November 2, 2017
Taste Egg Icon
Mools
PaigeVickers_TasteFinal_10-29-01.jpg

In a work of short fiction, dinner takes an unexpected turn.

A loud-talking couple had been seated next to us at the French restaurant and we spent our dinner distracted, listening in.

The couple looked around our age. The guy was trying to be charming with the server by pretending he was unable to pronounce the dishes correctly when, in fact, he actually was unable to pronounce the dishes correctly, and I remember how the server and his date just let him.

Mools, this guy was saying. Mool-lays.

Haha, said the server, who said this without changing the expression on her face. She shifted her heels.

Mools, he went on. Lez mools. Lez mool-lays.

The guy smiled self-consciously for a moment and looked at his date, who nodded.

Lays mool-lays, he added.

Here was the kind of guy who had never been told no in his life, and there were versions of him just about everywhere you went—little kings, just like him.

Finally they finished ordering and the server walked off with their menus. Now it was his date’s turn. From what we could overhear, we learned she was twenty-four and seeing another guy besides the guy currently across from her. At times her eyes looked glassy with emotion, although I don’t think she actually cried.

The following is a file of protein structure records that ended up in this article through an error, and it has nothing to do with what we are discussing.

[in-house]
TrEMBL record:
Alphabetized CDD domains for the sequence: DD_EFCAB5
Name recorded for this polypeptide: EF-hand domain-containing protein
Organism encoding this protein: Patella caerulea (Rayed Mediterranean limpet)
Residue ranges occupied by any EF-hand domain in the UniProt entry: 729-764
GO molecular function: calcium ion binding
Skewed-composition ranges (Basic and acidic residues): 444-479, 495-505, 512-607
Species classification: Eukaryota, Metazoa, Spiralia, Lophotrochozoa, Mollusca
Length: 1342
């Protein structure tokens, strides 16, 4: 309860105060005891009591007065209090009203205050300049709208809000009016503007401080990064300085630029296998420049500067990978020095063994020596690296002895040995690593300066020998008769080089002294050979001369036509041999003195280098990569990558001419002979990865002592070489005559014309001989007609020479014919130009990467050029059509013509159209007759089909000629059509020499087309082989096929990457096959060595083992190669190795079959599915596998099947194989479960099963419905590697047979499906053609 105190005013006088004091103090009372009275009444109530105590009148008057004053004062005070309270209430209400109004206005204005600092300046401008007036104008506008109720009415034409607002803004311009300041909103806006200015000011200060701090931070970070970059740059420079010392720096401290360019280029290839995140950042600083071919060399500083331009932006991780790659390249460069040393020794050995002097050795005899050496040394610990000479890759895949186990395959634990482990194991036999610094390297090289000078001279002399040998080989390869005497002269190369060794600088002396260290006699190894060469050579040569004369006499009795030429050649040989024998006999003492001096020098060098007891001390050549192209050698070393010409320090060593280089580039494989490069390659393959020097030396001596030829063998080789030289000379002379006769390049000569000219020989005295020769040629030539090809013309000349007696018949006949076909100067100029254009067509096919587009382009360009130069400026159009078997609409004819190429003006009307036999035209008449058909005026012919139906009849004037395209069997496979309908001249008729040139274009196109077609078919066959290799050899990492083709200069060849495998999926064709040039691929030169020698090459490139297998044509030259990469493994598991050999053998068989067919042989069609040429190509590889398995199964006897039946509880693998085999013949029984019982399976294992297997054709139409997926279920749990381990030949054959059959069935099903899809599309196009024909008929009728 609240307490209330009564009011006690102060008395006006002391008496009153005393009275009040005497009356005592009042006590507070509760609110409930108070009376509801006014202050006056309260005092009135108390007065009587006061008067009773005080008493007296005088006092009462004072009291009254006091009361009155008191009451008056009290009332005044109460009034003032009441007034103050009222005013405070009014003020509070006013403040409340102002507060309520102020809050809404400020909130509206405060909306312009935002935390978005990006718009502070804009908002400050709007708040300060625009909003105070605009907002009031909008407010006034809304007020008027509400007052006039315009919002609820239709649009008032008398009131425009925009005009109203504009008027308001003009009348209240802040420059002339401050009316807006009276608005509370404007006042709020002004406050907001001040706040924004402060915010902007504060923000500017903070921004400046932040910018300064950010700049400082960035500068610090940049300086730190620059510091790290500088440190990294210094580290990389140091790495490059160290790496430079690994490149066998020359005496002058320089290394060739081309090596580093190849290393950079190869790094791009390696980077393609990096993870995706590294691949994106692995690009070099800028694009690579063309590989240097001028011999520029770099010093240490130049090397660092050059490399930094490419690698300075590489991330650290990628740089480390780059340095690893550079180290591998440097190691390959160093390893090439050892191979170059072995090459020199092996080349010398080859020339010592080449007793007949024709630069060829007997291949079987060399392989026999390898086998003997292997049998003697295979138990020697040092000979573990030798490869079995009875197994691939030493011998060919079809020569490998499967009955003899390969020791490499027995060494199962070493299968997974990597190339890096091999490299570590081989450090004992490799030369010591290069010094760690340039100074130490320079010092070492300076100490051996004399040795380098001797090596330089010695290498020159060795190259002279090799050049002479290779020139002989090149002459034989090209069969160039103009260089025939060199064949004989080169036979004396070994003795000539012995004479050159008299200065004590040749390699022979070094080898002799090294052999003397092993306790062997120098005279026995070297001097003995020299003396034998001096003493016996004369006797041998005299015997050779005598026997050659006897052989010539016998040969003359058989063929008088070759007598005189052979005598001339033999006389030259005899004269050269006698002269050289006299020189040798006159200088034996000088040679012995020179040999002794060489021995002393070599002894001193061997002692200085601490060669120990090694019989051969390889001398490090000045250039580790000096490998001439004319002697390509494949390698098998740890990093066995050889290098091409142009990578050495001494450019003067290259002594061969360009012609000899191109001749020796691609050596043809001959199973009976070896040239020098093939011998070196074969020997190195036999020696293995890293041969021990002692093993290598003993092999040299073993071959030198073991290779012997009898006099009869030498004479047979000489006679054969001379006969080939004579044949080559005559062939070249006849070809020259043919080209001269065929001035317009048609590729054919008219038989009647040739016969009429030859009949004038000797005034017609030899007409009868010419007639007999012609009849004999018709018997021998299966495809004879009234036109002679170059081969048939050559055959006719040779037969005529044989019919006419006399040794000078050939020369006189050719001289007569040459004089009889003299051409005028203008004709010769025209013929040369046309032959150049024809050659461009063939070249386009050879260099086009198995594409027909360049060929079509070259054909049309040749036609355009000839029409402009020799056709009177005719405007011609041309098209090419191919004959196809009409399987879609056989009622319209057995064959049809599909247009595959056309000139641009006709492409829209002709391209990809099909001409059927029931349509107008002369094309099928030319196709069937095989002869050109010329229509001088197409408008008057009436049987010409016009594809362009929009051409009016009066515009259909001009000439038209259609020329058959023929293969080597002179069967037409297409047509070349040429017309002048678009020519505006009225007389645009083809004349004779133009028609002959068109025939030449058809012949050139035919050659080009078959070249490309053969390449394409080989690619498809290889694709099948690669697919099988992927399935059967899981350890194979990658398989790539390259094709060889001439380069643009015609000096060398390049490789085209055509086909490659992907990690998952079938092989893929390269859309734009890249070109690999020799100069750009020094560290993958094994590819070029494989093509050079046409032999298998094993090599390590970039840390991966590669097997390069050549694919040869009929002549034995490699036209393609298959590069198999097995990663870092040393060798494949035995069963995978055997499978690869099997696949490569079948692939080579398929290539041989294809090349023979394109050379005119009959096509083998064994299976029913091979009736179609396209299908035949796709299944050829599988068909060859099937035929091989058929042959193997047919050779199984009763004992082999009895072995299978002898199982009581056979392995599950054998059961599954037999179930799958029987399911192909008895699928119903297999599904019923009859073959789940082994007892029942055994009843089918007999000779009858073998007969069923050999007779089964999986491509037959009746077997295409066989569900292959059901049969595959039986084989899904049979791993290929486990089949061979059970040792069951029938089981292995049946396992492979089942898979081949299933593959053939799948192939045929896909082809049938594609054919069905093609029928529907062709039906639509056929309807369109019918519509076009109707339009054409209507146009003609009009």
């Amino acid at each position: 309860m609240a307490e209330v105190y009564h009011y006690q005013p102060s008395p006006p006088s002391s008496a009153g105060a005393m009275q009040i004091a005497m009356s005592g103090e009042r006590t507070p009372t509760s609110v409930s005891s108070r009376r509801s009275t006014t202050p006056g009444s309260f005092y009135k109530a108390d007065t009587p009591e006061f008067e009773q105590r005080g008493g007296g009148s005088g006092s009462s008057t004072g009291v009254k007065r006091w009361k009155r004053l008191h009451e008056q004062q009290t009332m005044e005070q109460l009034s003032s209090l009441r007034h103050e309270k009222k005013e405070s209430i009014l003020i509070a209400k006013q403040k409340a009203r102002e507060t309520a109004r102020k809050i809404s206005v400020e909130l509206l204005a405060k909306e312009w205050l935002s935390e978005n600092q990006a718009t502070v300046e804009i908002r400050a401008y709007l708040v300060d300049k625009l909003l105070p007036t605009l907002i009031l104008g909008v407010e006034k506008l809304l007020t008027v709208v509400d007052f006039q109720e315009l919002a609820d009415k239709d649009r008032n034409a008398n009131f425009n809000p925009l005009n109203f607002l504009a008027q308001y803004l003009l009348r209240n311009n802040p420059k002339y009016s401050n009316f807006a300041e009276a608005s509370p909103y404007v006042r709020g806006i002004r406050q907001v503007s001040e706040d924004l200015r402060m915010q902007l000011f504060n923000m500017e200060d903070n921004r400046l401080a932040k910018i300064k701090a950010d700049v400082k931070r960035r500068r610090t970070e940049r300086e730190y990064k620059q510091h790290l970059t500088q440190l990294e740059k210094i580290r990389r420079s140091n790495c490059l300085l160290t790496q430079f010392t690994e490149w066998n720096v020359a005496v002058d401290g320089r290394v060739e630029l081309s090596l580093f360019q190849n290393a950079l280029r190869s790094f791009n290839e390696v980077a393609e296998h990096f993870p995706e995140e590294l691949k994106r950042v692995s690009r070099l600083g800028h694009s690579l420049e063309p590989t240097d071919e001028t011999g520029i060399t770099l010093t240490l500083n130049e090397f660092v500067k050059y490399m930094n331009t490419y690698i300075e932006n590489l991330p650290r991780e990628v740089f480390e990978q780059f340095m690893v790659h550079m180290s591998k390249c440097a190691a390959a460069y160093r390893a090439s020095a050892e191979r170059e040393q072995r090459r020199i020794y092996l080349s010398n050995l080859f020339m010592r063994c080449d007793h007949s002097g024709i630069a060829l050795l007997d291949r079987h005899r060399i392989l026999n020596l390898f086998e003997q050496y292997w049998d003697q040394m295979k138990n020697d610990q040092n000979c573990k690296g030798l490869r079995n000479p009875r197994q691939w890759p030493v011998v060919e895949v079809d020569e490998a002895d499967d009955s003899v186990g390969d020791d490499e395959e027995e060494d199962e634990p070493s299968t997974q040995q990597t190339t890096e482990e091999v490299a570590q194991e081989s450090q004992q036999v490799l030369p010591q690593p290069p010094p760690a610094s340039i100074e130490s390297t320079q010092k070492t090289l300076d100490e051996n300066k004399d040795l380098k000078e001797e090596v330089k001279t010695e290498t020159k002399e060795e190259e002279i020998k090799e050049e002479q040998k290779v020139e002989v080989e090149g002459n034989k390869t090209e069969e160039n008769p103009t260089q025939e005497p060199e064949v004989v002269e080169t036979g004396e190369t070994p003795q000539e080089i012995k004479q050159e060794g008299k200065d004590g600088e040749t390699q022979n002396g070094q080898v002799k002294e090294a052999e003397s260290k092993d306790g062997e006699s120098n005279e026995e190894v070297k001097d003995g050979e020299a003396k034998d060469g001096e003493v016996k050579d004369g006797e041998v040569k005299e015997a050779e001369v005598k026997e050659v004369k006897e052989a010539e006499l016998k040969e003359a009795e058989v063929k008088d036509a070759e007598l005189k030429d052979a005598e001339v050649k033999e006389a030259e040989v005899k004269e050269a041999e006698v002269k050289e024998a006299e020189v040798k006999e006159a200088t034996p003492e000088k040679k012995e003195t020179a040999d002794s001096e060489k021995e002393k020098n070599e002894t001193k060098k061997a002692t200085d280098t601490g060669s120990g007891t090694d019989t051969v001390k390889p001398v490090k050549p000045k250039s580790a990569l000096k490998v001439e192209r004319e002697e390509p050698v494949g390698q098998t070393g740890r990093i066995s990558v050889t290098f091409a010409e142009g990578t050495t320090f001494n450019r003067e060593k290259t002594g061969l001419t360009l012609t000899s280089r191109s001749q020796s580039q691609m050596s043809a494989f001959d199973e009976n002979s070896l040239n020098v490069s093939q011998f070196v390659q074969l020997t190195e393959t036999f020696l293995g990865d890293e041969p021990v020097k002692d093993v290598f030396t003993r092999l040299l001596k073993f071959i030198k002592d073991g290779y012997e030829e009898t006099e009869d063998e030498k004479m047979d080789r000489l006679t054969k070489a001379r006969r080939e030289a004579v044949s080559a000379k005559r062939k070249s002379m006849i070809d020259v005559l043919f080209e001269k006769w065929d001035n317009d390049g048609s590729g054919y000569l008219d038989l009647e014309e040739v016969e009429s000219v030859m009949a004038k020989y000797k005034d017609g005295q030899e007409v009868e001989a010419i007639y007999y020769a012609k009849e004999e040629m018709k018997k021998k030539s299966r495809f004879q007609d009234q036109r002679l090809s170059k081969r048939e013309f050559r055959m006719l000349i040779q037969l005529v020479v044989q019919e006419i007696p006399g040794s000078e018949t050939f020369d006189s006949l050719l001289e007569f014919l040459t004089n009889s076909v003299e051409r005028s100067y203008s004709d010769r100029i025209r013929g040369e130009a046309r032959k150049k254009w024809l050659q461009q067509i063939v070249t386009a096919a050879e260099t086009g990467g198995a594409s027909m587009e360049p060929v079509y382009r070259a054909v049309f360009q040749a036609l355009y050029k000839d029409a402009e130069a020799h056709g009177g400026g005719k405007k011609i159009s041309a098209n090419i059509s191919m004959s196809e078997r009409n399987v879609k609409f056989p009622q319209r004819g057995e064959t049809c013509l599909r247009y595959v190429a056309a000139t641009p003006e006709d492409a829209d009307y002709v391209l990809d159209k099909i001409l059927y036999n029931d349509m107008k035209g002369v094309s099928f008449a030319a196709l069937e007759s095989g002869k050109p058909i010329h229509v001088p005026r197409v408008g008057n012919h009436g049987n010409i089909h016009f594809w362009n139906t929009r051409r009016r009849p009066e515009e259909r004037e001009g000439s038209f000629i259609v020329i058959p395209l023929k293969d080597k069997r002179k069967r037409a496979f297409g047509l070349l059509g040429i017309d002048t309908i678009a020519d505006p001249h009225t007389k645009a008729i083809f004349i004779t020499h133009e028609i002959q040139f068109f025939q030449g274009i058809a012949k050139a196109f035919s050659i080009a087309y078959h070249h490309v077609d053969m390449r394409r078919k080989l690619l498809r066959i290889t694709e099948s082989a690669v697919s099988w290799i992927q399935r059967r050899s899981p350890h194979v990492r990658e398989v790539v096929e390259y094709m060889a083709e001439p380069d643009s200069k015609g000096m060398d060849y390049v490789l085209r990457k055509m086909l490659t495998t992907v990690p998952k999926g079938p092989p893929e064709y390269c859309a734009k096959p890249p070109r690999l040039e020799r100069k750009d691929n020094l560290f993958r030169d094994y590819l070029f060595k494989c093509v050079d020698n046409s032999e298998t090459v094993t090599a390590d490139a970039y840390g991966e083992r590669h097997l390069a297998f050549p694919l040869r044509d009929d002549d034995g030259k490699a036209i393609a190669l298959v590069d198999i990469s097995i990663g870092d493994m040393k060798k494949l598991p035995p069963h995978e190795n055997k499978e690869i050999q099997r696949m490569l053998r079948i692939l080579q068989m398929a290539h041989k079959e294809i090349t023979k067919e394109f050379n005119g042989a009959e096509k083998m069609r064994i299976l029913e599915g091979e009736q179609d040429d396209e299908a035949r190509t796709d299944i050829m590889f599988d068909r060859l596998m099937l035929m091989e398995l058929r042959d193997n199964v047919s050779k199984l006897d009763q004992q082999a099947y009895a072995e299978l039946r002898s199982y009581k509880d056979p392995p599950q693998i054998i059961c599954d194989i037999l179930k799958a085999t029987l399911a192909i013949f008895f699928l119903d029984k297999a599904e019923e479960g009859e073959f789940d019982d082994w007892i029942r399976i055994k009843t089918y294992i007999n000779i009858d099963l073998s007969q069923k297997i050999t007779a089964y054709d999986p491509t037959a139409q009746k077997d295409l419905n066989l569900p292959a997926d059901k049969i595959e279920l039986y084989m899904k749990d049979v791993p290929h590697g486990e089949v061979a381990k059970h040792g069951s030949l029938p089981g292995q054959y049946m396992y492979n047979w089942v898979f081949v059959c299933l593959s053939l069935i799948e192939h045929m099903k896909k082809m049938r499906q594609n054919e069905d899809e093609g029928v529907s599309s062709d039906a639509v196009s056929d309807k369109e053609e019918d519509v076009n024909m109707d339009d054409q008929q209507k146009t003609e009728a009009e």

I was making a snorting noise, and you were trying to keep from laughing. At least we’re not like them, we were saying.

I can only be who I am as much as I can, the girl was saying. With him. The guy nodded. And my family, she said. It’s so fucked up with the way they—

Yeah, said the guy without glancing up. I looked over to see him pulling out his phone to check something and I figured that was that, that was the kind of guy he was.

Then he got up to go to the bathroom. Curious, I looked over at where he had been, at the way he had arranged things. The restaurant supplied paper place settings and a small cup of crayons, meant for doodling. On the guy’s place setting he had crayoned a portrait of the girl’s face, meticulously detailed, and flattering.

This story appears as part of the Fall 2017 Fiction Issue. Originally published in TANK Magazine, Issue 60. Reprinted with permission of the publisher.

James Yeh

James Yeh's writing and other literary work appears in the New York Times, Harper's Magazine, Believer, and Tin House. A recipient of fellowships from the MacDowell Colony, Center for Fiction, and Hub City Writers Project, he is a founding editor of Gigantic and former culture editor at VICE. Born and raised in South Carolina, he now lives in Brooklyn, where he is at work on a novel.

[email_signup id="3"]
[email_signup id="3"]